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I liked The Raven. I recently watched it again on DVD, but I saw it in May in the theater. I am a great fan of Edgar Allen Poe. I like the fact that it is kind of smart, and allows fans of Poe to enjoy seeing the stories come to life. They are gory, so reading about them is one thing and seeing is another. The movie is rated R, and there is blood and some gross scenes, but on balance it’s not that bad.
You mention funny: Go no further than Young Frankenstein, by Mel Brooks. It's not very scary, but the laughs never stop. I showed it to a group of students who had never seen it before (as part of a sci-fi class), and it was received better than nearly any movie I'd ever shown. For me, the scariest movie I ever saw was the original The Exorcist, though it certainly isn't in the horror genre.
After the first viewing of the 1974 original--now a cult B classic--The Texas Chainsaw Murder, I felt that the movie was frightening and graphically horrible. However, after I watched it a second time, I realized that there is a psychological study to the movie that increases and dimensionalizes the horror. For, the chainsaw operator wears a mask made from human skin and he mimics the mother, wearing aprons and whining in a high pitch. Curiously, there are no females in the deranged family, so, perhaps the man in the mask substitutes himself in the female role. This version is the only one that portrays this role-playing, also.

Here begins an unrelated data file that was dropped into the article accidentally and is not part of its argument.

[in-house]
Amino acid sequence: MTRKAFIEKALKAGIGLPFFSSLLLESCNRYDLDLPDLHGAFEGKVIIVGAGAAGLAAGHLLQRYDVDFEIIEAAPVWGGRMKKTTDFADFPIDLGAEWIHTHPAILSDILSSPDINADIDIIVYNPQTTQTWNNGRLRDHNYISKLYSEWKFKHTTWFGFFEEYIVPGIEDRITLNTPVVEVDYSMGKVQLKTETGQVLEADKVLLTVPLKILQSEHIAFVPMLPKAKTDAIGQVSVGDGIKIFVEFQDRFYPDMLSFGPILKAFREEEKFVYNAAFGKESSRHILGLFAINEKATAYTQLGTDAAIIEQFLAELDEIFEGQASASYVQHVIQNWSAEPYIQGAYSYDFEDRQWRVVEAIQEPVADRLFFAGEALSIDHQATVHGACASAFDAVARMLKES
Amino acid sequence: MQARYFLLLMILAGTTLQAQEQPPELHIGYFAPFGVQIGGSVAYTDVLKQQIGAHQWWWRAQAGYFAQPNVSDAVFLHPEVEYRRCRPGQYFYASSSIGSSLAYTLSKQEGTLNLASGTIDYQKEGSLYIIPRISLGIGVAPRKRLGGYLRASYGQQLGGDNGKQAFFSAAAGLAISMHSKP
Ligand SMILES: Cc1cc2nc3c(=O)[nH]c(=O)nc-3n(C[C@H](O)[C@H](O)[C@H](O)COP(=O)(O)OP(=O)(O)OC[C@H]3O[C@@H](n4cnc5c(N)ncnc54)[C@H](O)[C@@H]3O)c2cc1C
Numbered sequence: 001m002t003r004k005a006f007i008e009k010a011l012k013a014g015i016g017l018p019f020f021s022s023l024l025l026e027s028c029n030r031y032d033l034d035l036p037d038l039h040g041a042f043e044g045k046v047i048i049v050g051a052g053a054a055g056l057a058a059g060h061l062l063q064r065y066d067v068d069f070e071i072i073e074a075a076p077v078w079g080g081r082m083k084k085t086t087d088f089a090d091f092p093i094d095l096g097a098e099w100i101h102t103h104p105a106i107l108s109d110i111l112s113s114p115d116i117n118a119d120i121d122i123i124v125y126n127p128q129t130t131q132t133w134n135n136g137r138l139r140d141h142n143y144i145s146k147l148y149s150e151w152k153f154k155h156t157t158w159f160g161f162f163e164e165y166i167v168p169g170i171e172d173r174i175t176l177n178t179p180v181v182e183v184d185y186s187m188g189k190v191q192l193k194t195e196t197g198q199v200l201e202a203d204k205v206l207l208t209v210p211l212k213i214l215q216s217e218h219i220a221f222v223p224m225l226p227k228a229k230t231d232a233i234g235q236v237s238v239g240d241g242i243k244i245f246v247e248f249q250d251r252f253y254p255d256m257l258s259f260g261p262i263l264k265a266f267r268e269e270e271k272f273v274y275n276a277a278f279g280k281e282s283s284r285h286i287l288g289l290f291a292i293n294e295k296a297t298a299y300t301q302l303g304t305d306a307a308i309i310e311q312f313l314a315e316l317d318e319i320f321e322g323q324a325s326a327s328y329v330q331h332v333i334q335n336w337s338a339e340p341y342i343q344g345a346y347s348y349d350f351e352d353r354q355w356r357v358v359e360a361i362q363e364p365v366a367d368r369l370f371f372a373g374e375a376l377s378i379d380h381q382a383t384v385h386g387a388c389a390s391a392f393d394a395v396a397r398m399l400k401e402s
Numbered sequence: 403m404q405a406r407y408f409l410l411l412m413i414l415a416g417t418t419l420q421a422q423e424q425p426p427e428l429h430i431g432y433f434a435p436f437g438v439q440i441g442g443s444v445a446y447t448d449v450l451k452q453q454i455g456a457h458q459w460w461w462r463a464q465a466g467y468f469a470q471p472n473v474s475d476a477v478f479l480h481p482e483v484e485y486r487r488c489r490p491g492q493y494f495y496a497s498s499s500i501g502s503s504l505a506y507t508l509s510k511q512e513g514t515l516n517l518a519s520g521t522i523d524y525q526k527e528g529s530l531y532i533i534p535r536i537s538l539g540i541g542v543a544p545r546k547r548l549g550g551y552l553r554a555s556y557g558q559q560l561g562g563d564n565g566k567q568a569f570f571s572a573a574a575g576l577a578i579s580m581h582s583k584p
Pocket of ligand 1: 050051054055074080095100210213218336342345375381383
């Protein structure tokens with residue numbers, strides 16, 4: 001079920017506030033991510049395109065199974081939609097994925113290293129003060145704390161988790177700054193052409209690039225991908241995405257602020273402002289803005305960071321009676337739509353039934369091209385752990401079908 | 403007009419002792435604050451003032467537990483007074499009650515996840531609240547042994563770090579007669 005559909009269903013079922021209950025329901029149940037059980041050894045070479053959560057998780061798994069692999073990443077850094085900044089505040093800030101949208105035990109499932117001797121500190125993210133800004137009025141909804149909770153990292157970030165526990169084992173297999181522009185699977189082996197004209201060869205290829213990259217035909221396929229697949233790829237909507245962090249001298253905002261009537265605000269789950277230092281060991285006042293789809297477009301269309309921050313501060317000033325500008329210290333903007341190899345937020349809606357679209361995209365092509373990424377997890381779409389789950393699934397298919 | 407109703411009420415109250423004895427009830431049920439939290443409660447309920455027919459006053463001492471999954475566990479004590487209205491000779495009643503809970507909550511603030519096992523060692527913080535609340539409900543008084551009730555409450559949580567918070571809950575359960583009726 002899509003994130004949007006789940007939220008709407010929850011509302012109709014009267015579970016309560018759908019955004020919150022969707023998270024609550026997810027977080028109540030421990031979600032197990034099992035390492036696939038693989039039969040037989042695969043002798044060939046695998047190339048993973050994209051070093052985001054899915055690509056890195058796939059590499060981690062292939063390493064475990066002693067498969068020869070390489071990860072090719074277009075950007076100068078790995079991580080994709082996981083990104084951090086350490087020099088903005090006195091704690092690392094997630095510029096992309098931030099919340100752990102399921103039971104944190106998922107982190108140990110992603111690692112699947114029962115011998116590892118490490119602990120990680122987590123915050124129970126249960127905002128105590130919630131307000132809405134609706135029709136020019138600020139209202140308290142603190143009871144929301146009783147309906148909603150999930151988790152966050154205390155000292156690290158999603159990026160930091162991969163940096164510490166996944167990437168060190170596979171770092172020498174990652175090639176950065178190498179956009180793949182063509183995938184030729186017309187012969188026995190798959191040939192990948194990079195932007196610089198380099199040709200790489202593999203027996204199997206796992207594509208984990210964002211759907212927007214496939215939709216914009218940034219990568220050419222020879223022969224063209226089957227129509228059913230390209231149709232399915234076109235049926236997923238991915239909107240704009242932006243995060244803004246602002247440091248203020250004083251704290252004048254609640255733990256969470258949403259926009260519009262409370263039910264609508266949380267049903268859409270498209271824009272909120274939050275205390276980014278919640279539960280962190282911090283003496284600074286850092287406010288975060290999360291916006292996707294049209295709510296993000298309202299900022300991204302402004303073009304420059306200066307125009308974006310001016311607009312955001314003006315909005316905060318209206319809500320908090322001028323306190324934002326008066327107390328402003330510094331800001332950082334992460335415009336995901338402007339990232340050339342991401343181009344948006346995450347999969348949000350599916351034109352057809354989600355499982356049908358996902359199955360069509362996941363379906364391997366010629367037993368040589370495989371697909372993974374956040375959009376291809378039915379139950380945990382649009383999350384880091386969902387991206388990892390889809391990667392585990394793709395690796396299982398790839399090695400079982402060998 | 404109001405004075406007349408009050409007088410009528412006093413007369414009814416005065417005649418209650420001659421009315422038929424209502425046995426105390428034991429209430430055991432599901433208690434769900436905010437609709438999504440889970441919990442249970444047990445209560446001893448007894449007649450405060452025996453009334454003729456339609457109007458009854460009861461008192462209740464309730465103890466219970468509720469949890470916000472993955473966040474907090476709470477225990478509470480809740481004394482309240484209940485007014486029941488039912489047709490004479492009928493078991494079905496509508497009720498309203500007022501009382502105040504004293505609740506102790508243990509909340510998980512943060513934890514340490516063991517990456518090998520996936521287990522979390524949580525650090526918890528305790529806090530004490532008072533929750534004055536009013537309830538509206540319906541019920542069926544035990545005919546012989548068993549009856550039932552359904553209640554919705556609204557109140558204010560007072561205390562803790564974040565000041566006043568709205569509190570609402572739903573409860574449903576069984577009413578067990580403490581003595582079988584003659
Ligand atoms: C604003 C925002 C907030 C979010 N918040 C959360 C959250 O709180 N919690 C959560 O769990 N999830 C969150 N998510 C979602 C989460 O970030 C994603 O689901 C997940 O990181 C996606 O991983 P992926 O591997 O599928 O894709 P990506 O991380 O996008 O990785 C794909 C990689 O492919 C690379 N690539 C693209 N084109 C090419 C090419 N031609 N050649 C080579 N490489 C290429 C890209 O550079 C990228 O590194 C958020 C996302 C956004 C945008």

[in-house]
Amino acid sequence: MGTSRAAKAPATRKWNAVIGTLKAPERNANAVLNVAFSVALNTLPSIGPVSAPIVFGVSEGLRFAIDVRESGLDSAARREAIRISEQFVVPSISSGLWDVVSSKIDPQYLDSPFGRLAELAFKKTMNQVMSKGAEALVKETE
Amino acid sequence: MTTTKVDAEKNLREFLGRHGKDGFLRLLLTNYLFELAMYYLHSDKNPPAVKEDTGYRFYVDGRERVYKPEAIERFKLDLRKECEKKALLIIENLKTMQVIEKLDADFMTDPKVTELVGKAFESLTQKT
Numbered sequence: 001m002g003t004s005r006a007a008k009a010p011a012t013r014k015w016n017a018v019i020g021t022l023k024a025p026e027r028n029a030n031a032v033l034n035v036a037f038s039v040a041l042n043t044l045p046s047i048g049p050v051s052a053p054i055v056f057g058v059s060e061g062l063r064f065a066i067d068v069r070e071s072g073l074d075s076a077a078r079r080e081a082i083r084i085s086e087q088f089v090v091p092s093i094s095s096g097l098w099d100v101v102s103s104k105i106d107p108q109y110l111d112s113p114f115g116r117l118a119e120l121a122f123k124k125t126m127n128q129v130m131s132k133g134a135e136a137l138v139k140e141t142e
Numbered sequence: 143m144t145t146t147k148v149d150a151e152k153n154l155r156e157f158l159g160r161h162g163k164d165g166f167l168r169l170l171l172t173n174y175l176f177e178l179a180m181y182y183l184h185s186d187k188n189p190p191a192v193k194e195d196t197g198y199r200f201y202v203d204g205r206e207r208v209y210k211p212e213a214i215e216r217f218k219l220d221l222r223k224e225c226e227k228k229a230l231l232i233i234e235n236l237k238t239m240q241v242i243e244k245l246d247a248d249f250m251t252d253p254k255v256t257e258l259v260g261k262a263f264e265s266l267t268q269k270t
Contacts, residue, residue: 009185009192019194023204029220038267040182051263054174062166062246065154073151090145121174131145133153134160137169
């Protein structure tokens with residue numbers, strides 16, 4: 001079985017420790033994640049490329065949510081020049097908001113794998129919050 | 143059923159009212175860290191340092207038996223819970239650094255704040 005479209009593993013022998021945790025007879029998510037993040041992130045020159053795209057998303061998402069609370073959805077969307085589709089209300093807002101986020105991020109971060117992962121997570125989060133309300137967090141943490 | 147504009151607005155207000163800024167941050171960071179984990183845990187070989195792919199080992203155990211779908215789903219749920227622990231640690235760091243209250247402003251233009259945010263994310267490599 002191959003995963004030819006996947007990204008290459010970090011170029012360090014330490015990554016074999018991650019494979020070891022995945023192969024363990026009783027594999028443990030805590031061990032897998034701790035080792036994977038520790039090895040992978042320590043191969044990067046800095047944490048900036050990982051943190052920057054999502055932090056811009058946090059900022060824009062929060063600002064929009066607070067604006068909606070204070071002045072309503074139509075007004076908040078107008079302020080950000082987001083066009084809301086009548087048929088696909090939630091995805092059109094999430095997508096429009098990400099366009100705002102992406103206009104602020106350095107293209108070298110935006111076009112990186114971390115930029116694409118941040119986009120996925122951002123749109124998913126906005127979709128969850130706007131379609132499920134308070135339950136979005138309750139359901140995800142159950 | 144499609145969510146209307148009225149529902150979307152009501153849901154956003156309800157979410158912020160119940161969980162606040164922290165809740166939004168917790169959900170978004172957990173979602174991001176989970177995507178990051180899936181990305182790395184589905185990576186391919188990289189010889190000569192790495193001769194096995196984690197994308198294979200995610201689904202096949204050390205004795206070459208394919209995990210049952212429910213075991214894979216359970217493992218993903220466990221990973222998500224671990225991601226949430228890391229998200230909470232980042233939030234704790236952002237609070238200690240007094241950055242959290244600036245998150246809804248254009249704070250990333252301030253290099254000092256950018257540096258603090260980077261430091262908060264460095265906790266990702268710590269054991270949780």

As a point of fact, there is a prisoner who was in the cell next to the big man who wore the woman mask. He said that for all the several years, the man never said one word--also, a curious and intriguing fact.
As a horror movie "freak," I am not very picky about defining any movie as being the best. That said, one needs to consider the different characteristics defined when one is considering a movie good or not.
First, some people simply love the "blood and gore" depicted in most horror movies. In this category, I love Hostel, Saw (the entire series), and Zombieland.
When looking at pure fear factor, some of the horror movies which are wonderful are Inception, The Skeleton Key, and The Grudge.
There are other movies, included in the horror genre, which can be defined as containing multiple aspects (gore, fear, suspense, etc.). Perhaps my favorite horror movies are Frankenstein, Dracula, and Interview With a Vampire. Given my background in literature, I find that the filmatic adaptations of these movies are well completed.
I have to, also, bring up some of the classic horror movies: Whatever Happened to Baby Jane, American Psycho, and the original Nightmare on Elm Street.
The Paranormal Activity films are popular for a reason. Speaking personally, I have been very impressed by the successful creation of prolonged suspense in these movies.
Through very simple and subtle means of forced anticipation, Paranormal Activity 1, 2, and 3 each had me on the edge of my seat.
I'd also recommend The Blair Witch Project, Ringu, and Ju-On.
If you want a funny, yet still scary horror movie may I suggest any of the Scream movies and also Cabin in the Woods.
I think that the original 'ring' is Japanese and not Korean.
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